The commentary is of extremely high quality, as readers of the JPS series have come to expect. It fills a gap of about ten years in which scholarship on Ruth has continued without the helpful synthesis that a commentary can provide. Two major things separate this commentary from previous ones: (1) it is concise and clearly written so that one can easily understand the author's perspective; and (2) it interacts more fully with Jewish sources than previous works. The format of the commentary section makes it easy for one to quickly examine key issues in the text; however, this format sacrifices a more synthetic approach that is better equipped at handling more comprehensive topics that span the entire book or issues, such as for instance intertextual connections with Genesis, which warrant a more extended discussion.

Two more issues deserve comment. First, I am not persuaded that Ruth is unrelated to levirate marriage. Of course, as Eskenazi has pointed out, levirate marriage as envisioned in Gen 38 and/or Deut 25:5–10 is, strictly speaking, impossible in Ruth. She lists seven objections to levirate marriage playing a role in Ruth 3 and 4, which, as was noted above, she considers compelling. Point one is that the key words levir or levirate marriage is not used in Ruth. In point five Eskenazi says, “Neither the narrator, Naomi, or Boaz refer to Boaz as a levir” (p. xxxvi). Despite the fact that a word does not need to be present for a concept to be present, these two points are the same. Point six argues that the meaning of Boaz's words in Ruth 4:5 are “uncertain” (p. xxxvi), but highlighting this uncertainty should not be used as an argument against levirate marriage in Ruth since it neither proves nor disproves this interpretive option. The remaining points make it abundantly clear that whatever is taking place in Ruth it is not exactly the same as levirate marriage, and that redemption—not levirate marriage—is the word used to describe Boaz's actions. Yet as Eskenazi has argued, even the concept of redemption is not strictly applied. In her own words she says that Boaz moves “beyond the expected practice” (p. xxxviii) and follows the “overriding notion of redemption” in his actions for Ruth (p. liv). If levirate marriage is not in view because the practice is not strictly followed in the book, it would seem that redemption should suffer the same fate. What if, however, the same strategy of moving beyond the expectations of a practice in accordance with all that esed stands for is also true of levirate marriage in Ruth? Eskenazi says that Obed is not “regard[ed] as the child of levirate marriage and he does not perpetuate the name of the deceased” since Boaz's, not Mahlon's name appears in the genealogy (p. xxxvi). Boaz's name does appear in the genealogy instead of Mahlon, but Boaz expresses his actions in terms of perpetuating the name of the dead, Mahlon, on his inheritance (Ruth 4:10) in a manner that seems directly connected to the practice of levirate marriage in Deut 25:5–10. Do Boaz's actions in Ruth 4:10 really stand in “tension” (p. 81) with his promise to Ruth on the threshing floor? Unconvincing also is Eskenazi's argument that Boaz understands Ruth's last kindness (Ruth 3:10) as a reference to himself (p. 61), rather than to another kindness to Naomi (beyond returning with her from Moab to care for her), which makes good sense if the principles of levirate marriage are in view. Of course, Ruth 3:10 is a highly debated crux in the discussion over levirate marriage. Eskenazi has successfully argued that the approach that sees a kind of levirate marriage in Ruth is unlikely unless it is more carefully nuanced. Eskenazi's view that levirate marriage plays no role in the book at all, however, also seems unlikely. To me at least, it seems that esed functions in the book in such a way that the underlying principles of redemption and levirate marriage are combined to apply to a situation, which, the book is at pains to prove, lays clearly beyond their legal domain. How can Ruth be redeemed since she is not a piece of land, and how can a brother raise up a son to continue the family since he is clearly dead (this eliminates Deut 25:5–10) and Naomi cannot have another son (this eliminates Gen 38)? Yes, Ruth and Boaz are not legally bound to marry each other; however, it does not follow that their actions are not carefully bound to those laws. Perhaps the distance that esed covers between the law and its application is the point.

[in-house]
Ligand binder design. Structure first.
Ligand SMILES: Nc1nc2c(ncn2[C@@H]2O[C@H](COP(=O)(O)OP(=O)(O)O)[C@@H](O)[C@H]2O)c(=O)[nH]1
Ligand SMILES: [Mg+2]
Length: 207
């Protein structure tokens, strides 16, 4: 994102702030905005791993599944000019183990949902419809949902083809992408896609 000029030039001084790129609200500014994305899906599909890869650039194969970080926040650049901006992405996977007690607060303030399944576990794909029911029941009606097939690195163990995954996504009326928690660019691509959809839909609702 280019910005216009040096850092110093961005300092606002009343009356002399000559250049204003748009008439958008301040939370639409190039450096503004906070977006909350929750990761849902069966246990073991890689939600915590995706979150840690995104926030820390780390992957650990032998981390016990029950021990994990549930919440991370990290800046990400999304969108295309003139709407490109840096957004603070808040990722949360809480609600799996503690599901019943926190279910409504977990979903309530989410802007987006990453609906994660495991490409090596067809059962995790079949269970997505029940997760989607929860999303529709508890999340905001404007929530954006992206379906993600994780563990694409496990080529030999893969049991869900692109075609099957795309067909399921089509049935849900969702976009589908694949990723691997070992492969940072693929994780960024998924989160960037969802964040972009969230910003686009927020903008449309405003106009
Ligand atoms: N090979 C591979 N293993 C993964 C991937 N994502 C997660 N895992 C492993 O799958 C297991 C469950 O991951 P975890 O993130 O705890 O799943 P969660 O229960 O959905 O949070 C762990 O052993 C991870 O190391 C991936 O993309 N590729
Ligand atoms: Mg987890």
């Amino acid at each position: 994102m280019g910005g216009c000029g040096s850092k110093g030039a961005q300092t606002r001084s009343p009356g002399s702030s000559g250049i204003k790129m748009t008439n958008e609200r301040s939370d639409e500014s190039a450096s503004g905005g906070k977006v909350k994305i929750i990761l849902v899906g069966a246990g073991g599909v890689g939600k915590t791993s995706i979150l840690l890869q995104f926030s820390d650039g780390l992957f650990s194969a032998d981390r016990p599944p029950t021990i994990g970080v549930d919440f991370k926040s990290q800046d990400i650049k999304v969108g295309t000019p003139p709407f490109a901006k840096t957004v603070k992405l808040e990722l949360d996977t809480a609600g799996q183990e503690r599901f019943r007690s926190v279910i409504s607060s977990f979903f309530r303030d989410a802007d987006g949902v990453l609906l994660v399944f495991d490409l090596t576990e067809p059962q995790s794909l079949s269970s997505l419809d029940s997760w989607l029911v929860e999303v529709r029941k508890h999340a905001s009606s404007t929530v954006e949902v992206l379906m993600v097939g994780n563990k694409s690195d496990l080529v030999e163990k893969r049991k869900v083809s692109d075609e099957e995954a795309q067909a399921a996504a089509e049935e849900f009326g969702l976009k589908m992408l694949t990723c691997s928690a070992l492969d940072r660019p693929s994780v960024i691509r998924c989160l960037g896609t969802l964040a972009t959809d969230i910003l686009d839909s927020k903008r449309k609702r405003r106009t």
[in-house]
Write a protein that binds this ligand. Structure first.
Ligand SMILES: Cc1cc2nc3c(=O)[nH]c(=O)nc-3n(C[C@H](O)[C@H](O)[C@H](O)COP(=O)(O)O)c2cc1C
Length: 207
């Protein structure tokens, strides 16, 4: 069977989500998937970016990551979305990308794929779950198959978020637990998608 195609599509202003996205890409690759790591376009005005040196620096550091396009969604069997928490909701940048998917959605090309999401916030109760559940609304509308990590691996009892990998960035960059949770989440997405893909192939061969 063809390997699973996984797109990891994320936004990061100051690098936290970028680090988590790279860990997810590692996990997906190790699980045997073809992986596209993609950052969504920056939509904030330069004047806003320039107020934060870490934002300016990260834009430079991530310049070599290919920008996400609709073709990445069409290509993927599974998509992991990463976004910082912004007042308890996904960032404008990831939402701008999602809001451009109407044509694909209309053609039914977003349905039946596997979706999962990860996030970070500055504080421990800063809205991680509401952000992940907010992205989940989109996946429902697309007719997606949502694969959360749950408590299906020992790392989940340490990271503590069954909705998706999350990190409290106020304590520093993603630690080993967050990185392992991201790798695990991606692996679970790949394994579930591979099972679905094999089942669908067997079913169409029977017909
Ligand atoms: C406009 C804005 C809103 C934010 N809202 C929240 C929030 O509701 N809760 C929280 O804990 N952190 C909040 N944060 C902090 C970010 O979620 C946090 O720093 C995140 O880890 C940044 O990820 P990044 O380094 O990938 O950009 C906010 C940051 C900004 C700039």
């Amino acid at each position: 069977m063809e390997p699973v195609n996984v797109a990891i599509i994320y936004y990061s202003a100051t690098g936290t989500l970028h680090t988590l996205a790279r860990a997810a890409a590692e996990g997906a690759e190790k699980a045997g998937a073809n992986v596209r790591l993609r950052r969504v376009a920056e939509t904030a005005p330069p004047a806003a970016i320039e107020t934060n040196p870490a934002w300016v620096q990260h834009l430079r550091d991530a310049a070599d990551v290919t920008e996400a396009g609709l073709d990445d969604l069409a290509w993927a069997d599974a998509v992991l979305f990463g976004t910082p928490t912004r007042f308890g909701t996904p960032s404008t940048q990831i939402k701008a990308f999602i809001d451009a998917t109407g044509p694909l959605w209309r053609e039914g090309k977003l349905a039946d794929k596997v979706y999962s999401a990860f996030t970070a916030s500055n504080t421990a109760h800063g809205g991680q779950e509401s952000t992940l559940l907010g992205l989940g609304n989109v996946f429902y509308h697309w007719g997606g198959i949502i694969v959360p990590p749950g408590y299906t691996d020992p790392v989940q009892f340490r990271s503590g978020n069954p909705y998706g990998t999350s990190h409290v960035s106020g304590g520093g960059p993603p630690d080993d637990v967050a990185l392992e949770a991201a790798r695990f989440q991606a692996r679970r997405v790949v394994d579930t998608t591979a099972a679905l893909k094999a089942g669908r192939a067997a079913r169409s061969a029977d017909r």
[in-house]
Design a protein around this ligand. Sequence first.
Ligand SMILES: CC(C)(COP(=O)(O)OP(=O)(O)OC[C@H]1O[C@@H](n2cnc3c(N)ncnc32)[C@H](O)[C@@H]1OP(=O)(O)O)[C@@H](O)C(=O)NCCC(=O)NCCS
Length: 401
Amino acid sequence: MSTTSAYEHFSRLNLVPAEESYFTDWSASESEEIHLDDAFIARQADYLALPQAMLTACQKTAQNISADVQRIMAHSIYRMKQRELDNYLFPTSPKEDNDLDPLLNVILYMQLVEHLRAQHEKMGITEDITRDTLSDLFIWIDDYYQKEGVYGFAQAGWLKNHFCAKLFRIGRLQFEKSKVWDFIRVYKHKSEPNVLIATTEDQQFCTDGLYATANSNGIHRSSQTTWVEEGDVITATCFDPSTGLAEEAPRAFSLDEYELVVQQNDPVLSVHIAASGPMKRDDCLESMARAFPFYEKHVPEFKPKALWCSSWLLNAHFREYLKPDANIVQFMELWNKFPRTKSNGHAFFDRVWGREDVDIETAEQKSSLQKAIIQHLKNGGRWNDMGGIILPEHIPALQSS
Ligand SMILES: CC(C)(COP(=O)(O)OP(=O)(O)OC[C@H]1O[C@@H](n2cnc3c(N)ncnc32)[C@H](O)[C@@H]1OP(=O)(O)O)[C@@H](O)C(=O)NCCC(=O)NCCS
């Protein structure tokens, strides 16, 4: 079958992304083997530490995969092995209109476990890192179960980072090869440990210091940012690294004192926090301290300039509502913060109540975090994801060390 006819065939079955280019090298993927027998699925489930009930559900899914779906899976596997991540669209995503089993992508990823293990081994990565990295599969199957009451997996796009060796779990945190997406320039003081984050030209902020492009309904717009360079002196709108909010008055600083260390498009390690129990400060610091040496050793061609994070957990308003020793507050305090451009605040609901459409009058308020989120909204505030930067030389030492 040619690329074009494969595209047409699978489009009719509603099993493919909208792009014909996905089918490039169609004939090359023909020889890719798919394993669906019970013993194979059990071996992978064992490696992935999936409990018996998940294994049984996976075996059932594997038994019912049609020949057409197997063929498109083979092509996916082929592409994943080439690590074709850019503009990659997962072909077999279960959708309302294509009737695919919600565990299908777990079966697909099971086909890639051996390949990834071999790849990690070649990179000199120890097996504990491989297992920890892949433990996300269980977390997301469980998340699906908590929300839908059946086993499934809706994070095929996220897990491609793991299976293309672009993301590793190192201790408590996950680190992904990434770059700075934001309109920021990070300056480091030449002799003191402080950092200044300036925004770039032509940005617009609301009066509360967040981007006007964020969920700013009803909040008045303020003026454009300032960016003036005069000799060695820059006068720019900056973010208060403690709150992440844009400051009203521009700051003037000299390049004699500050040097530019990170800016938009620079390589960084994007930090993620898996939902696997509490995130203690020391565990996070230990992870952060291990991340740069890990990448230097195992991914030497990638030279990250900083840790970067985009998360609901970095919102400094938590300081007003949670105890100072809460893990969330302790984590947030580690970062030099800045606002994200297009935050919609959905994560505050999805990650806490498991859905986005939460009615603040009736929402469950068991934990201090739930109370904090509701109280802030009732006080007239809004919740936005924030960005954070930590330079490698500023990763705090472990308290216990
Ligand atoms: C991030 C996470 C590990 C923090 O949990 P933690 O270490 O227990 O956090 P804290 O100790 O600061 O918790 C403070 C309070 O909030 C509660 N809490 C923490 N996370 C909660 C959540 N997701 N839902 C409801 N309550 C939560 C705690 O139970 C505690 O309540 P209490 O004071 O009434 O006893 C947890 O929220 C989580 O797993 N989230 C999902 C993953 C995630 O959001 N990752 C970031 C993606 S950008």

Second, though not the fault of the authors, the timing of the commentary was unfortunate. Eskenazi finished writing the commentary on November 15, 2010, but in 2010 and 2011 there has been a considerable amount of scholarly work published on Ruth (e.g. from studies on character, identity, and ethics in Ruth to a detailed study of the Hebrew of the book). More fundamentally, with the exception of a few works in Modern Hebrew, the commentary relies on secondary literature in English. One will probably have to wait for the commentary of Shimon Gesundheit on Ruth in the IECOT series for substantial engagement outside of the Anglo-American context.[1] For now, Eskenazi and Frymer-Kensky's book fills a key need in commentaries on Ruth. Their work is clear, precise, and an outstanding example of commentary writing. It deserves to be read with care.

Timothy J. Stone, Zomba Theological College, Malawi

[1] See www.iekat.de/appEN/nav_home.php reference